Both dreams and stones run parallel in their participation with the architecture of the home.
Taking the home as a theatre - that is, as an encompassing stutter, principally informing the stutters at play within it - Akhilleus must too approach what makes the home a peculiar theatre: its determination by architecture - architecture as an oblidging force. And Akhilleus, an erector of signs, enters into - in the dream he relates - what it is to be a constructor of homes.
The short answer: to be a constructor of homes is, then, to enter into the architecture of obligation, to step into green rooms.
The obligation could be summed up that the house is oblidged to follow its architectural design - the sides of the roof meeting at the particular pitch - and the inhabitants too oblidged to follow this architecture insofar as certain rooms must be gone through in a certain succession, the first floor before the upper level.
But, the oblidgation is administered and followed in the pattern of a network. House and inhabitant oblidge each other in a constantly shifting lay-out. And this is what could be called the 'architecture of obligation'.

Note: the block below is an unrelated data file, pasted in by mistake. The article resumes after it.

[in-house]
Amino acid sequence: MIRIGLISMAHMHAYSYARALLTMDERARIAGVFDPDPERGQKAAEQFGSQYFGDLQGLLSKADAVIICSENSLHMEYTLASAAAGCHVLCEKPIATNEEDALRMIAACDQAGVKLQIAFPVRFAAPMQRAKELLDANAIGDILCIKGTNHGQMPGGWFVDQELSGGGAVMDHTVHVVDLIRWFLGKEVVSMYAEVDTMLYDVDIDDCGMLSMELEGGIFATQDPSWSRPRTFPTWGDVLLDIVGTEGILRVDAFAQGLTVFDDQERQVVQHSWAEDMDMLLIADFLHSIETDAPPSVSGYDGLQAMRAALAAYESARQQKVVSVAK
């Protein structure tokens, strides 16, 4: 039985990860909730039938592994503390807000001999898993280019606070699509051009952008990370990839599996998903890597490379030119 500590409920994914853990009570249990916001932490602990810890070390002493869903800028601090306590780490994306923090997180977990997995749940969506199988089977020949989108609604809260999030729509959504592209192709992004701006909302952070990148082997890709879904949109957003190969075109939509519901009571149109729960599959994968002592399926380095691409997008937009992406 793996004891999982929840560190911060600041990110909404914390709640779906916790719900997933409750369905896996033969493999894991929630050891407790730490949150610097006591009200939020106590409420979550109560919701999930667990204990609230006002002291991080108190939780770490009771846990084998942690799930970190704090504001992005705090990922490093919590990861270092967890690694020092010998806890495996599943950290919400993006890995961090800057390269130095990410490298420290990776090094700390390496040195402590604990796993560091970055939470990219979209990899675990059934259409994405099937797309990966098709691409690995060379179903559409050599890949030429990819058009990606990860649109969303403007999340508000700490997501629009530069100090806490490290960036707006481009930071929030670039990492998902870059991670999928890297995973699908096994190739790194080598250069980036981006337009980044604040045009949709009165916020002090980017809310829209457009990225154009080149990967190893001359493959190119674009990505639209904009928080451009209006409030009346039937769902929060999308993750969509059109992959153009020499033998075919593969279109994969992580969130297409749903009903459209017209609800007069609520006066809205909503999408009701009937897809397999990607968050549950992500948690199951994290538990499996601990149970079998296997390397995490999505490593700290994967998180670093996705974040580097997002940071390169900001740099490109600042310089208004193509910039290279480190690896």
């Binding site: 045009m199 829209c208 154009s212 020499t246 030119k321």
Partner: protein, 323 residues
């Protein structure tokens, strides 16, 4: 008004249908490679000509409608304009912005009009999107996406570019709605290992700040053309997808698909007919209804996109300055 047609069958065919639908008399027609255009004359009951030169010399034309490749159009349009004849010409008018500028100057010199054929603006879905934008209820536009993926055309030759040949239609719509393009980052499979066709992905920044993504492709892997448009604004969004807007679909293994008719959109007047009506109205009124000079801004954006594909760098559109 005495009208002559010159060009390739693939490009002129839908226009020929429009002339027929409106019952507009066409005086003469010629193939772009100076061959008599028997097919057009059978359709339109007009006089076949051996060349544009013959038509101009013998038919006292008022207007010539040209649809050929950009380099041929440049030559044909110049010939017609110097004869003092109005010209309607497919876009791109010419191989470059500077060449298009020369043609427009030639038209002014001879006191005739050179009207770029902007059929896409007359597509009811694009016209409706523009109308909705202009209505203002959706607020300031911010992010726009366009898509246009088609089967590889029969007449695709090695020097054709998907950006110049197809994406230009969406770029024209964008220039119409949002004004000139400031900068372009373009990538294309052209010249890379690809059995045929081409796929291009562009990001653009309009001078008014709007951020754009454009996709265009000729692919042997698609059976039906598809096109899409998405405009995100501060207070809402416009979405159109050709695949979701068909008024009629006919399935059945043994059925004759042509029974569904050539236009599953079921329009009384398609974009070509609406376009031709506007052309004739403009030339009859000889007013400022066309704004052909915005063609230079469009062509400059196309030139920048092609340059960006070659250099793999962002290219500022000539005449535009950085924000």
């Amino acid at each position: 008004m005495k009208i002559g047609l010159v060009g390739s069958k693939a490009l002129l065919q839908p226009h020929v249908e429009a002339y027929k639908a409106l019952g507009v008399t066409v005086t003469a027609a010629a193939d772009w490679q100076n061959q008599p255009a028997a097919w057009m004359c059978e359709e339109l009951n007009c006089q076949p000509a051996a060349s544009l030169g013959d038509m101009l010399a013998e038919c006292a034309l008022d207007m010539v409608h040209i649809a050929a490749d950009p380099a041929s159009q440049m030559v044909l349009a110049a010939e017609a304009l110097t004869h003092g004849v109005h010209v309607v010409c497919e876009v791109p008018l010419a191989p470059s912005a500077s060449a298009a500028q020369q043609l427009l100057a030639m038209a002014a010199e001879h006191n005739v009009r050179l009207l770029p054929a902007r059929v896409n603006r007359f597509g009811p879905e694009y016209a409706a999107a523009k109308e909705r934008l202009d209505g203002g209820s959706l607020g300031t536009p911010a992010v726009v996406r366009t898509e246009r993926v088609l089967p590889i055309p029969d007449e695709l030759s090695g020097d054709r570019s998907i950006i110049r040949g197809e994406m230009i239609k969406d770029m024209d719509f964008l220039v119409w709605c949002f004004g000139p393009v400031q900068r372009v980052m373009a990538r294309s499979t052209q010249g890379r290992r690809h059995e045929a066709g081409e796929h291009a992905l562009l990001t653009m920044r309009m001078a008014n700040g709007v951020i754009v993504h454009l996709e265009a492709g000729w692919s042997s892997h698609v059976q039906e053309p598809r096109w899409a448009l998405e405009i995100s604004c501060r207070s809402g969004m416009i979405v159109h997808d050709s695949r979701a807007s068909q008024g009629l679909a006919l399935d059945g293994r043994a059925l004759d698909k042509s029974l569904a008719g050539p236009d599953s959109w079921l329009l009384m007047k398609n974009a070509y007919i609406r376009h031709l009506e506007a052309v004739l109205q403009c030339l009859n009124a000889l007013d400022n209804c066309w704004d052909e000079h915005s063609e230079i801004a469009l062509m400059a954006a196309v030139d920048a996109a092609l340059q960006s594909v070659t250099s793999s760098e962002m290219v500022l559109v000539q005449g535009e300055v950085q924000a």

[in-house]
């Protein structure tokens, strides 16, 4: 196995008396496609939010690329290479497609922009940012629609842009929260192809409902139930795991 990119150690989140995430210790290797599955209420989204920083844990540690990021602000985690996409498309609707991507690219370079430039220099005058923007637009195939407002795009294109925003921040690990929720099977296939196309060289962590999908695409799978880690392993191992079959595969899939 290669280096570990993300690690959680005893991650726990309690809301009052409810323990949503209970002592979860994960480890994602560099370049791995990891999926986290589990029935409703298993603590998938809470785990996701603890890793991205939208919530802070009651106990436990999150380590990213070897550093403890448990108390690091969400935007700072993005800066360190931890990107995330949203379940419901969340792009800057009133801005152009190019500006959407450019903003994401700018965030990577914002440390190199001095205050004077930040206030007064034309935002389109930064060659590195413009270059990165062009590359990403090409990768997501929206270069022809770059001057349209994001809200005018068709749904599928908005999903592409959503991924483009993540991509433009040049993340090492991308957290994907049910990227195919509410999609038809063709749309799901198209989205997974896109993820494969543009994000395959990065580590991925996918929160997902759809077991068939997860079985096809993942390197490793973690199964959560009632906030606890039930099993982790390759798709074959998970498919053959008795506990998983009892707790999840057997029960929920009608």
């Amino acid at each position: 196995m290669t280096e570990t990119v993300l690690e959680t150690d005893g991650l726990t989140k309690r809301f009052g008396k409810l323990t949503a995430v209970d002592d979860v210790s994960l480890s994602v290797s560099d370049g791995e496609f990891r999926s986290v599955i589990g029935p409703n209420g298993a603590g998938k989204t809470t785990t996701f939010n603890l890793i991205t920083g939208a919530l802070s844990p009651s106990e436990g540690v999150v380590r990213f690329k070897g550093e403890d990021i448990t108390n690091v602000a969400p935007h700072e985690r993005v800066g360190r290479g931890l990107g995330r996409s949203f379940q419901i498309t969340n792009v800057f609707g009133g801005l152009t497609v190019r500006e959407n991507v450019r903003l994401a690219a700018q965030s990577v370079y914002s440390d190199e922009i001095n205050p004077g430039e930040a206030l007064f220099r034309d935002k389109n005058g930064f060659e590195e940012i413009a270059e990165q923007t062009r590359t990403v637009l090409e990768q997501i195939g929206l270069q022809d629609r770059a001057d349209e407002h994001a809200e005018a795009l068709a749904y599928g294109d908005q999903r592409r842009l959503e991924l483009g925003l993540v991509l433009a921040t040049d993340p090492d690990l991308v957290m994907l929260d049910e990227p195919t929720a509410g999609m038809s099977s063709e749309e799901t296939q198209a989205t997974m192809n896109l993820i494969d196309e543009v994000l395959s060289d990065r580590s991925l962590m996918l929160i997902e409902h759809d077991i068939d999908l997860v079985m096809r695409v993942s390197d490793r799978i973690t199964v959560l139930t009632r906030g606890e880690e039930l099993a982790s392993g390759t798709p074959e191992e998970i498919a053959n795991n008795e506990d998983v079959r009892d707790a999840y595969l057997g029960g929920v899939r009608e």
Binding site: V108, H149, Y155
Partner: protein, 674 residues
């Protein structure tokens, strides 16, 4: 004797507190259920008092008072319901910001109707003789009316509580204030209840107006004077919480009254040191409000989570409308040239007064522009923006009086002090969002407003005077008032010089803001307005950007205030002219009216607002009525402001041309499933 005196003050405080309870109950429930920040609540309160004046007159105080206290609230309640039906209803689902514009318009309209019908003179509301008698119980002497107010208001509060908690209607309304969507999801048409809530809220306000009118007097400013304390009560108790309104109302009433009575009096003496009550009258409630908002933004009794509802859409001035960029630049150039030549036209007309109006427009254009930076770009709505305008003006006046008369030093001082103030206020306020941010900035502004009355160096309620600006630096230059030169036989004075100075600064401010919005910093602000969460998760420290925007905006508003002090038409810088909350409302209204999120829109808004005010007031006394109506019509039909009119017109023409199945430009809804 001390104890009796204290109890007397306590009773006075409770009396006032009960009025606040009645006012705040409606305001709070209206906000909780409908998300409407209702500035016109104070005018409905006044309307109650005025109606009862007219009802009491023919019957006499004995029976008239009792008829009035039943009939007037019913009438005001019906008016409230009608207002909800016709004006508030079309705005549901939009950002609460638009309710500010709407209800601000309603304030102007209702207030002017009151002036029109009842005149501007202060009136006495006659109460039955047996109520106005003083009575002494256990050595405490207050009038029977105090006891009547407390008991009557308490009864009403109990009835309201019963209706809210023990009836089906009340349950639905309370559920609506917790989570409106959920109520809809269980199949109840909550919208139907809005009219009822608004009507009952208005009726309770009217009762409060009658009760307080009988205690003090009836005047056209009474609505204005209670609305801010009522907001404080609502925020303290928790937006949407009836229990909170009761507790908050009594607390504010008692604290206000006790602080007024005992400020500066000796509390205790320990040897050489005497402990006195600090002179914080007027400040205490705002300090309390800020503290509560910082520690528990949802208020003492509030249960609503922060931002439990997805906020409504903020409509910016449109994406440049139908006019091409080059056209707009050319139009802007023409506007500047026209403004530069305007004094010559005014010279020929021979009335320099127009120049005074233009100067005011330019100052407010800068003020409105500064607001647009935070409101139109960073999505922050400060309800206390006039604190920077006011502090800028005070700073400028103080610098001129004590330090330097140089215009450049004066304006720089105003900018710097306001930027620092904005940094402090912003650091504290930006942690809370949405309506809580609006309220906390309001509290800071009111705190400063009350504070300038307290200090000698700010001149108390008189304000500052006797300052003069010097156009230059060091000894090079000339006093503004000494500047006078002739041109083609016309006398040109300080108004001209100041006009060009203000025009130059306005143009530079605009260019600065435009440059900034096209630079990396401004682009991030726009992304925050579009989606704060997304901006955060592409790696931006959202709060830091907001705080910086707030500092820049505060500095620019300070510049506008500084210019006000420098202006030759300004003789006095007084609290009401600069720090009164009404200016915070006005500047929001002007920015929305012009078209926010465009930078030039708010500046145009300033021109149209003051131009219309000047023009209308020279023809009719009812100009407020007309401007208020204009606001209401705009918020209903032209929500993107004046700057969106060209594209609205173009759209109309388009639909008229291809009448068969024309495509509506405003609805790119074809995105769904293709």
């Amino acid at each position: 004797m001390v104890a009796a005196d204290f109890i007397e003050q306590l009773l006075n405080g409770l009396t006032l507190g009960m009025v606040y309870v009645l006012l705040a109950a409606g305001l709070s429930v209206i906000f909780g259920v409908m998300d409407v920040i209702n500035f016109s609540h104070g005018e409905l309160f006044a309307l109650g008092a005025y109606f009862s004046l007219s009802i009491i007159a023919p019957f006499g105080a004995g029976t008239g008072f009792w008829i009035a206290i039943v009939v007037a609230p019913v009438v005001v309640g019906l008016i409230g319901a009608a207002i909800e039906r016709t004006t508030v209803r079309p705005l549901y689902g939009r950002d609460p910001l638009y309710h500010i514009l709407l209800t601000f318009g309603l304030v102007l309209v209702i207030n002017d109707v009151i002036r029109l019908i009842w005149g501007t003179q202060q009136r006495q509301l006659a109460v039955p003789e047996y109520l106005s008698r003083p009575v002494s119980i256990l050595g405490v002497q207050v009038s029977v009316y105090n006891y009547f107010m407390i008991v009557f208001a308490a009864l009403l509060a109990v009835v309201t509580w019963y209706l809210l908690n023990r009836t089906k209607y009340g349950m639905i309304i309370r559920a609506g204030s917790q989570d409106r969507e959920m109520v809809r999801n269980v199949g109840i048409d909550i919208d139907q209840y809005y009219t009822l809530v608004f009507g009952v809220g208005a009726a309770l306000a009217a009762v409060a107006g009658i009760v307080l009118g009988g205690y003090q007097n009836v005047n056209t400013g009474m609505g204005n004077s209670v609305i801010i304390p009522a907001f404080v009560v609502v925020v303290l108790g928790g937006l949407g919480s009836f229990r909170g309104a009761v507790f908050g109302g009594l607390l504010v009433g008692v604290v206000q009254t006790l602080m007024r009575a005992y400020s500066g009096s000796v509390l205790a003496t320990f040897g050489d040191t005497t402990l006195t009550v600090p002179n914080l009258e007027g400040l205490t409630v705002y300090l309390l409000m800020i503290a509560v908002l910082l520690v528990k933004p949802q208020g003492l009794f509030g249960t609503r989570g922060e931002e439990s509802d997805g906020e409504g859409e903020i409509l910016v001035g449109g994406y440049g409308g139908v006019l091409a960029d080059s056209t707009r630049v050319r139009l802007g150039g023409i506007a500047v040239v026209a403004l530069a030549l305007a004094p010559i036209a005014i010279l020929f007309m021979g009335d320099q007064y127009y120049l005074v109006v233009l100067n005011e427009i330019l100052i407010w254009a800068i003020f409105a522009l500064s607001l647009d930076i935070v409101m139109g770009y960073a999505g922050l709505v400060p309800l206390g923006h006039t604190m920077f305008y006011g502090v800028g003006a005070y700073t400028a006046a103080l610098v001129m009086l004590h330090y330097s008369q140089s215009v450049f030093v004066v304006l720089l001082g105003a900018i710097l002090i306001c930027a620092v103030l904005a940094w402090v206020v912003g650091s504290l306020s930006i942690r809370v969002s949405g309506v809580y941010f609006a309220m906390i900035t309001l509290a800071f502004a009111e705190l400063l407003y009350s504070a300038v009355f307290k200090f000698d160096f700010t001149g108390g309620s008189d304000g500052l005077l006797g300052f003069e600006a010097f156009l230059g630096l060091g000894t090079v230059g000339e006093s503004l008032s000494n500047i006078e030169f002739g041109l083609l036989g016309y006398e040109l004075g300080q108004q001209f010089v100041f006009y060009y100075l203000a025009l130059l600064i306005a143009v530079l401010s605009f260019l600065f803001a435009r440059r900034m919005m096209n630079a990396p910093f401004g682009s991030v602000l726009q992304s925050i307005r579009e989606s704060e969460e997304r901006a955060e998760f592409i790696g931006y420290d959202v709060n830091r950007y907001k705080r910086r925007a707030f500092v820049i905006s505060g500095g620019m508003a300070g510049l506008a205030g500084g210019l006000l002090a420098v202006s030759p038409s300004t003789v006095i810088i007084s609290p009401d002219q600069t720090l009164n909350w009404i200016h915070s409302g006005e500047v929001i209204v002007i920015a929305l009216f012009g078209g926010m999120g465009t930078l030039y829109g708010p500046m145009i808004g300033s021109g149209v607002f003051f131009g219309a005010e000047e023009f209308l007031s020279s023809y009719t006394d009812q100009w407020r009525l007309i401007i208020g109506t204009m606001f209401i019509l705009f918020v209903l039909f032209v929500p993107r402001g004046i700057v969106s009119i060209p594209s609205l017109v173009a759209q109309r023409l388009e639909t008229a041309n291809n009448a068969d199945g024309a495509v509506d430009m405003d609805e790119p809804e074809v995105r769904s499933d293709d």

This interaction does not occur solely in the phenomenological experience of the inhabitant, but is too an interaction between an ideal experience and a material experience, summed up in the opening sentence regarding dreams and stones.
To inhabit is to be always in the process of constructing the home, at least in the sphere of the ideal. And this is the process of the inhabitant oblidging the home to meet certain patterns, for a room to be a certain kind of rectangle.
The material of the home, the 'stones' as it were, oblidges the inhabitant into certain patterns of inhabitation, for a room to be walked in a certain kind of stride.
The influence of both of these forces of oblidgation is synthesized in the overarching 'architecture of obligation'. As both the ideal and the material come to be as a result of these internecine oblidgations, both are dependent for their existence on the network made possible by the architectural home. The obligations are both mutually destructive as well as constructive in their service to the autonomy of the network.
The conceptual meeting place of dreams and stones is in the green room. The green room, then, could be noted as the spatialization of the networked interaction between these obligations.
Harbison places the green room in a green dream of the garden when he asserts that "every garden is a replica" - made as much as it makes in a network between greens and gardener. The green garden is proof that this networked oblidgation does not stop in the green room - the green room being only the room where the ideal and material meet in the architectural home. The architecture of nature - its lines and lymnes - meet other patterns of oblidgation.